ORONO – The partnership between Levi Ervin and the University of Maine football program was a gamble on both ends.

With nearly 4,000 all-purpose yards and a Class C state championship on his Lisbon High School resume, Ervin would have been an immediate impact offensive or defensive performer for a host of NCAA Division III programs.

At 6-foot-2 and (generously speaking) 190 pounds, Ervin had heftier aspirations.

“Throughout the whole process, I always knew this was the place I wanted to go,” said Ervin, standing near the 50-yard line on Morse Field at Alfond Stadium during the University of Maine’s recent media day. “Now that I’m here, there’s no other place I’d rather be.”

Maine head coach Jack Cosgrove tendered Ervin a partial scholarship in the same way someone might invest in agricultural futures. Much as we love our high school football in these parts, running roughshod over schools of roughly 300 to 350 students didn’t guarantee Ervin a thing in Division I.

“When guys like Levi assert themselves and show us that they can play here, it makes you feel better about your recruiting process,” Cosgrove said. “It’s our job. The most important thing a coach can do is evaluate, and once he has evaluated, to see that he has evaluated properly.”

Cosgrove and his staff were dead-on in their assessment of Ervin, who has refined himself from skinny kid with athletic instincts to a chiseled man capable of starting at any of four defensive positions within a year or two.

Ervin, still only 19 but now 205 pounds, is the Black Bears’ second-team free safety as a redshirt freshman.

“Hopefully (my role is) working hard on special teams and working hard in practice. The guy ahead of me, Jon Calderon, he’s a great player. When I’m needed, I can come in and do what I need to do,” Ervin said.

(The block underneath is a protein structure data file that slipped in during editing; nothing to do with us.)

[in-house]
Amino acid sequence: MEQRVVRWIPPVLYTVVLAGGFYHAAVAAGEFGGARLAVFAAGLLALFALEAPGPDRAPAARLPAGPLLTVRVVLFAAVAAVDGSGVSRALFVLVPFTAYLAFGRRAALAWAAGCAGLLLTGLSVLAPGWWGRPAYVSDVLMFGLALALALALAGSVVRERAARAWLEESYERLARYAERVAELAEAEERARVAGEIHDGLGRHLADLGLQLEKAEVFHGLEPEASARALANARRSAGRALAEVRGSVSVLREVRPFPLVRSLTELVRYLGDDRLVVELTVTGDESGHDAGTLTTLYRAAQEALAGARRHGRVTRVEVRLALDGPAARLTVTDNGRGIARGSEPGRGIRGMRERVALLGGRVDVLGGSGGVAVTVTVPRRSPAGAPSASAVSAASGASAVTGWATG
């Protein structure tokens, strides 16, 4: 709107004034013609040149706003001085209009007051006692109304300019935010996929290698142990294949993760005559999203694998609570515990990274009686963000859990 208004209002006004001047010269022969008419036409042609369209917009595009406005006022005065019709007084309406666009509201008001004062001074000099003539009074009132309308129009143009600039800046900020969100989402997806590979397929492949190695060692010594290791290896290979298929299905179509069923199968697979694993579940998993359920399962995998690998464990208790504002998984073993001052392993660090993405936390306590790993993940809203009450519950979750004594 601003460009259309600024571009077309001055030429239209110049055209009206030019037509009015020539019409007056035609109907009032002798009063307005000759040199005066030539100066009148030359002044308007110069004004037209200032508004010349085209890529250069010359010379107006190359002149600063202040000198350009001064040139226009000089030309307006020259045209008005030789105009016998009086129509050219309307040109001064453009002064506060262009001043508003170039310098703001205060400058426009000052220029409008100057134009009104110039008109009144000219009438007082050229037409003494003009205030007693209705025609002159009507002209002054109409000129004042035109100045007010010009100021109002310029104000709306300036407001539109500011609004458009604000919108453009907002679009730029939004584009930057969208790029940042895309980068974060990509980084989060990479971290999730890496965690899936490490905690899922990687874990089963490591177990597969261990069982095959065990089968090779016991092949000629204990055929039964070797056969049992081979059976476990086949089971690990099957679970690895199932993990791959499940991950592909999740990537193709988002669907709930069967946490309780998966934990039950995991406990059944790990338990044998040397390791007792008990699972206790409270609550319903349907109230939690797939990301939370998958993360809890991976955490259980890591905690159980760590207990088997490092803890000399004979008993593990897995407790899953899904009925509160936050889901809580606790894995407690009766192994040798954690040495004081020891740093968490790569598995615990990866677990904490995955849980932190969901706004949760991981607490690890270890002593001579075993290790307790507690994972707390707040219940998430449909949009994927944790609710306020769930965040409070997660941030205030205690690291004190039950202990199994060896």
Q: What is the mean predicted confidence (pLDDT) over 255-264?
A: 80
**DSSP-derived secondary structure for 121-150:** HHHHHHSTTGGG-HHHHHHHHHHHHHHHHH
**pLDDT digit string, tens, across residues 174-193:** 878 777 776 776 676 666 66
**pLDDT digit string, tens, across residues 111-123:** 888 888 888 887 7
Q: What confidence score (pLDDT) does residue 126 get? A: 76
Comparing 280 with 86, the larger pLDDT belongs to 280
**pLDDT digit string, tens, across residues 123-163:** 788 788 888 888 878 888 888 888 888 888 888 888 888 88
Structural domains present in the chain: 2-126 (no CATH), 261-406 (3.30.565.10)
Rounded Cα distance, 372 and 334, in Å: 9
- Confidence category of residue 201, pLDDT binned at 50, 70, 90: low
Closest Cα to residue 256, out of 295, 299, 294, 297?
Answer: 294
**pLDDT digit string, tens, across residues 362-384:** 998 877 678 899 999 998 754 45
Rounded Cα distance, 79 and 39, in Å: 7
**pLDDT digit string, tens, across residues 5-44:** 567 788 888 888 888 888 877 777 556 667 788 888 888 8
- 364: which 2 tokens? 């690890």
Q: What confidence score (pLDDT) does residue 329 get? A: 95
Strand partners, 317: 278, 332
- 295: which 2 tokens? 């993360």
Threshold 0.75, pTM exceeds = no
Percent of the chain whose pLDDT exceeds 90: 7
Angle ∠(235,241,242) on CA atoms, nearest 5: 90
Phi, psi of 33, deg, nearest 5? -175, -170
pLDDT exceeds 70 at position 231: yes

A running back, receiver and strong safety in high school, Ervin was shuffled to free safety for this year’s spring workouts. Another gamble, considering that Ervin’s intensity in practice as a strong safety made him Maine’s player of the year on its defensive scout team last season.

And since it’s obvious to everyone who has watched Ervin embrace Maine’s strength and conditioning program that he isn’t finished growing, Ervin might not be finished moving, either.

“He’s much more confident this year. With a season under his belt, he knows the system a little better,” Cosgrove said. “I wouldn’t even be surprised if Levi might become a linebacker. With his size, you can see that. He’s growing into that now.”

Having bounced around the field his entire life as his youth coaches sought the best place for their best athlete, Ervin takes the move and talk of future migration in stride.

“Each position has its pros and cons. I like free. I fit into the system there,” said Ervin, quickly adding, “I like wherever I can play.”

Now that he’s begun the intense process of adding muscle, Ervin has gone to work on improving that other physical attribute you supposedly can’t teach.

“Speed. The college game is a lot faster. A lot faster,” Ervin emphasized. “The coaches met with me before I left, and that was a big emphasis this summer, to work on my flexibility and running form. I think it’s helped out a little bit. Time will tell.”

The tangible improvement won’t be known until after the season. Due to the obvious risk of pulled muscles, the Black Bears don’t complete their annual 40-yard dash tests until they return to school in January from semester break.

On the field, however, the fruit of Ervin’s labor already is obvious.

“He’s another guy who’s gotten bigger, faster, stronger, better,” Cosgrove said. “He’s a hard-working kid. He’s great in the classroom. He’s a great representative of our program. This is real important to him, playing Maine football. It’s good to see guys like that and to see them make the progress that they’ve made, not only in the weight room or the classroom but here on the field.”

Ervin accepts the compliments with a smile, but he didn’t come to the state university to be a Rudy on the practice gridiron or a towel-waver on game day.

“You wait and see and try to work hard in camp,” he said. “But whatever I need to do to get out on the field, I’m going to do.”



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